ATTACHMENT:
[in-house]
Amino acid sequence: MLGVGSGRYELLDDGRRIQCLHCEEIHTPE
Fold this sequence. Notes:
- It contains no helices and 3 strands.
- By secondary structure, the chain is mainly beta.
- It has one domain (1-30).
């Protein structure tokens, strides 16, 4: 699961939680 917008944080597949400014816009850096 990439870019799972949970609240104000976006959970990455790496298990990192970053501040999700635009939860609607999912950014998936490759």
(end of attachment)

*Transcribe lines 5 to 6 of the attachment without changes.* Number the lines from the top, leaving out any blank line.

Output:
- By secondary structure, the chain is mainly beta.
- It has one domain (1-30).